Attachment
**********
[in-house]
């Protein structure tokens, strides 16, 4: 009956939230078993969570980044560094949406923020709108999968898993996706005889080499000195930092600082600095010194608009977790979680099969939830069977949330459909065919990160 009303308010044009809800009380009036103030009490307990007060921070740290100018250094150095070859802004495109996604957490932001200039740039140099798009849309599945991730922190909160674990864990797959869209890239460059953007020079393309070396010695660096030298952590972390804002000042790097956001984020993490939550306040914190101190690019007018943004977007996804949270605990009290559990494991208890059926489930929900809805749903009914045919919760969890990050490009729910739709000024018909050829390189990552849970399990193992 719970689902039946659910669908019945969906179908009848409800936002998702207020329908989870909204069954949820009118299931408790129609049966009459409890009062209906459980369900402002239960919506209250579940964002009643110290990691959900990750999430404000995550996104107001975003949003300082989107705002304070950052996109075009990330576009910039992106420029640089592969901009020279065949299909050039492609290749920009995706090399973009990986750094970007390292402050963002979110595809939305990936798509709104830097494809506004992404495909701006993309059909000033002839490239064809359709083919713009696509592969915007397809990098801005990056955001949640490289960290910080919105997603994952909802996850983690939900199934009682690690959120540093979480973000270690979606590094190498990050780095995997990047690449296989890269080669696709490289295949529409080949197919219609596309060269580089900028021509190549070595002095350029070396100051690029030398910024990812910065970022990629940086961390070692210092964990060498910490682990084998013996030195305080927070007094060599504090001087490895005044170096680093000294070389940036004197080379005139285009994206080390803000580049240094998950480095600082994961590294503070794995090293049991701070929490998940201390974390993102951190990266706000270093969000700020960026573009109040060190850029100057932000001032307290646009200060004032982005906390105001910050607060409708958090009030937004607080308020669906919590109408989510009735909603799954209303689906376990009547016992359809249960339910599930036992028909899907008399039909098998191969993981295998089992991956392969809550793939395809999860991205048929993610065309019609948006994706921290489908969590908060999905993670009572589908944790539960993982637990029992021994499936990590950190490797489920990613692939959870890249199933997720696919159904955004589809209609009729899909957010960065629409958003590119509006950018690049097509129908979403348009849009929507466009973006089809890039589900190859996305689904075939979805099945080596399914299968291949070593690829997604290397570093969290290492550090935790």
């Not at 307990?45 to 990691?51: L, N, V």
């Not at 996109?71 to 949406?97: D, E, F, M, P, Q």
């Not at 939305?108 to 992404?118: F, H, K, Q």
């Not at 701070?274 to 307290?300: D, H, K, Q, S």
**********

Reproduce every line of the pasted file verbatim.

[in-house]
């Protein structure tokens, strides 16, 4: 009956939230078993969570980044560094949406923020709108999968898993996706005889080499000195930092600082600095010194608009977790979680099969939830069977949330459909065919990160 009303308010044009809800009380009036103030009490307990007060921070740290100018250094150095070859802004495109996604957490932001200039740039140099798009849309599945991730922190909160674990864990797959869209890239460059953007020079393309070396010695660096030298952590972390804002000042790097956001984020993490939550306040914190101190690019007018943004977007996804949270605990009290559990494991208890059926489930929900809805749903009914045919919760969890990050490009729910739709000024018909050829390189990552849970399990193992 719970689902039946659910669908019945969906179908009848409800936002998702207020329908989870909204069954949820009118299931408790129609049966009459409890009062209906459980369900402002239960919506209250579940964002009643110290990691959900990750999430404000995550996104107001975003949003300082989107705002304070950052996109075009990330576009910039992106420029640089592969901009020279065949299909050039492609290749920009995706090399973009990986750094970007390292402050963002979110595809939305990936798509709104830097494809506004992404495909701006993309059909000033002839490239064809359709083919713009696509592969915007397809990098801005990056955001949640490289960290910080919105997603994952909802996850983690939900199934009682690690959120540093979480973000270690979606590094190498990050780095995997990047690449296989890269080669696709490289295949529409080949197919219609596309060269580089900028021509190549070595002095350029070396100051690029030398910024990812910065970022990629940086961390070692210092964990060498910490682990084998013996030195305080927070007094060599504090001087490895005044170096680093000294070389940036004197080379005139285009994206080390803000580049240094998950480095600082994961590294503070794995090293049991701070929490998940201390974390993102951190990266706000270093969000700020960026573009109040060190850029100057932000001032307290646009200060004032982005906390105001910050607060409708958090009030937004607080308020669906919590109408989510009735909603799954209303689906376990009547016992359809249960339910599930036992028909899907008399039909098998191969993981295998089992991956392969809550793939395809999860991205048929993610065309019609948006994706921290489908969590908060999905993670009572589908944790539960993982637990029992021994499936990590950190490797489920990613692939959870890249199933997720696919159904955004589809209609009729899909957010960065629409958003590119509006950018690049097509129908979403348009849009929507466009973006089809890039589900190859996305689904075939979805099945080596399914299968291949070593690829997604290397570093969290290492550090935790």
């Not at 307990?45 to 990691?51: L, N, V």
């Not at 996109?71 to 949406?97: D, E, F, M, P, Q």
């Not at 939305?108 to 992404?118: F, H, K, Q």
């Not at 701070?274 to 307290?300: D, H, K, Q, S």